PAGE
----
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5 healthy tips for working from home

The COVID-19 pandemic means that all of us are having to adopt some very significant lifestyle changes. Whether you’re social distancing, self-isolating or have been instructed to work from home by your employer, working from home presents its own set of challenges. Not only can it be difficult at first to maintain productivity (although, some people may find their productivity actually improves!), but it can also impact on your health.

Here are a few tips for maintaining a healthy lifestyle when you’re working from home:

Set up a comfortable working space

One of the most notable changes you’ll find when working from home is that your working space is drastically different. Many of us don’t have an ideal home office setup, but there are a number of things you can do to make sure that the space that you’re working in is optimal for working long hours.

First and foremost, make sure that you’re sitting in a way that helps maintain good posture. Working from the couch, from bed or from the floor can put your body into a slouched position. While this is fine for short periods of time, slouching for hours over the course of the day can wreak havoc with your back and neck. Given that many of us are already restricted in how much we can exercise due to self-isolation, quarantine, or the closure of gyms, you certainly don’t want to restrict your movement further by giving yourself an injury.

Ideally, it’s best to sit on a chair where you can have your feet on the ground and your back supported. You may find that it’s more comfortable for your neck to elevate your laptop, using a laptop stand. These are relatively inexpensive to purchase and can help to move your computer to eye-level so you can keep your neck in a neutral position while you’re working.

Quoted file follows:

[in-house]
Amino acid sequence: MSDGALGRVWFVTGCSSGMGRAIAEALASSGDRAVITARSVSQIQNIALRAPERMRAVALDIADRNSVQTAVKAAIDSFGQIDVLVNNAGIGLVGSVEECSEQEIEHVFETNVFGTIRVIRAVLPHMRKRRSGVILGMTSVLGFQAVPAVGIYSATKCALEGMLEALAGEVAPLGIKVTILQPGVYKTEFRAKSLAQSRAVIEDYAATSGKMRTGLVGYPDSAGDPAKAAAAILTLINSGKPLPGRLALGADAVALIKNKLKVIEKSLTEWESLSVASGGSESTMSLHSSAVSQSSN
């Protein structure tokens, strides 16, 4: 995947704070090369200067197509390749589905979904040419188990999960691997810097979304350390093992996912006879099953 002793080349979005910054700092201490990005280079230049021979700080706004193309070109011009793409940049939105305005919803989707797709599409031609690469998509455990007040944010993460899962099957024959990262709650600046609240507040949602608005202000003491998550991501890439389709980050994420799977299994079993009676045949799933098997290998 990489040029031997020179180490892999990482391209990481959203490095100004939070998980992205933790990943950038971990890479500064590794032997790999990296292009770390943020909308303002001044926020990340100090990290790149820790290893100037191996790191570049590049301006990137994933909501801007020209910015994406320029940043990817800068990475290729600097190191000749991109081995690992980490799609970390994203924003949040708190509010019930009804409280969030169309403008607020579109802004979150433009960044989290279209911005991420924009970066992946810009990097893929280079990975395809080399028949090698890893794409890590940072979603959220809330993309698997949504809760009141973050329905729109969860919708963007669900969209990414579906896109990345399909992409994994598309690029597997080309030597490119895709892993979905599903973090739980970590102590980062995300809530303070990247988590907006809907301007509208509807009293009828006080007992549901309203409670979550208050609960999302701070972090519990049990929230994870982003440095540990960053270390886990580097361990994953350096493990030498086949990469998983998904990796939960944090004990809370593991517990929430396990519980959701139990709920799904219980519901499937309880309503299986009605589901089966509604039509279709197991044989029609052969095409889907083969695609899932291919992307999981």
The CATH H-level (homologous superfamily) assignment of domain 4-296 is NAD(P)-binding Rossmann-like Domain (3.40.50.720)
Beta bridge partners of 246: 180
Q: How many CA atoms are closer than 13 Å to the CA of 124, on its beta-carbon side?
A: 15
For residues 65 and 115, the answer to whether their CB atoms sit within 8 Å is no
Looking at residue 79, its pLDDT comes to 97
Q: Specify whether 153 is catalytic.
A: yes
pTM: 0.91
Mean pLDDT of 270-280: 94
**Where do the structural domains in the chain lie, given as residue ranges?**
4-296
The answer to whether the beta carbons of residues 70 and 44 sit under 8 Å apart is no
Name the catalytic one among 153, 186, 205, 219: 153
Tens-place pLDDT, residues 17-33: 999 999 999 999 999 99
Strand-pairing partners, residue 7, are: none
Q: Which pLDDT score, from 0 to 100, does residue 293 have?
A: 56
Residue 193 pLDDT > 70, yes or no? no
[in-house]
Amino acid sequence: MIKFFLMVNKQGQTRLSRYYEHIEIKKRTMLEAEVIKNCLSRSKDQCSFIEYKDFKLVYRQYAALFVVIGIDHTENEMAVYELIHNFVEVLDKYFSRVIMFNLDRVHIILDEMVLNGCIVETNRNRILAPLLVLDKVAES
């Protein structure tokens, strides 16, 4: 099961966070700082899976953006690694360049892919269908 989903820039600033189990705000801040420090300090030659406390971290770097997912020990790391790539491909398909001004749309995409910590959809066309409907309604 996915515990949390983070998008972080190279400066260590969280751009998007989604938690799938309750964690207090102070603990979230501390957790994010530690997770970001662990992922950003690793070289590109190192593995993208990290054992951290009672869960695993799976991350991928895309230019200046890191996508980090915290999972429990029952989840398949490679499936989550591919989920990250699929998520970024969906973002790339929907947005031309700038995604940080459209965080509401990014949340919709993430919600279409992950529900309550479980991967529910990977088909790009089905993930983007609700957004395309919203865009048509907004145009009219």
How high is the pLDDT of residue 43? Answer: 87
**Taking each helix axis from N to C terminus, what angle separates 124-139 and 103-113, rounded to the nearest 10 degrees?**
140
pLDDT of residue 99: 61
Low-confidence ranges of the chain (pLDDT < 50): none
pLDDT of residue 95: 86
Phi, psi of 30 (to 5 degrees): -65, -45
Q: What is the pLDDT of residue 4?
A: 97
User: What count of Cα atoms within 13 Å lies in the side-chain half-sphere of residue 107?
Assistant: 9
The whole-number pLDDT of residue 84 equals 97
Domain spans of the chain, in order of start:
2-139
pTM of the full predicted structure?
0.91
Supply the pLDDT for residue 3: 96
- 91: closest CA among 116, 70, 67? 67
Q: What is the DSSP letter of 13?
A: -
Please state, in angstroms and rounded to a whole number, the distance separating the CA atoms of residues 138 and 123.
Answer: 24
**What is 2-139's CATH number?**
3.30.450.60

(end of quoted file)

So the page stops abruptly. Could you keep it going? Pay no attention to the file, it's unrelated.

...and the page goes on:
Plan activity breaks

Movement is a huge part of maintaining good overall health. Unfortunately, working from home tends to minimise activity levels for most people. In fact, if you don’t put in a little effort, you may find that the only exercise you’ve done is to walk from your desk to the kitchen, bathroom, and couch!

Being sedentary presents some pretty significant problems when it comes to our health. According to Safe Work Australia, prolonged sitting is associated with a range of health problems, including:

● Obesity

● Poor mental health

● Musculoskeletal disorders

● Diabetes

● Some cancers

● Premature death

Luckily, small pockets of time spent being active can add up very quickly over the course of the day. One of the best ways to ensure that you’re getting enough movement is to set a timer and take a five-minute break to get up and move. Some people find that they need a solid hour to get into the flow of their work, while others prefer a shorter time period. Why not try using the Pomodoro Method? This strategy uses blocks of 25 minutes of work, followed by a 5-minute break. After you’ve completed 4 of these cycles, you then take a longer break of 20-30 minutes. There are plenty of apps that you can use to help you time your blocks of work and breaks. Focus To-Do: Pomodoro Timer & To-Do List works on Android and iOS, as well as Mac and Windows.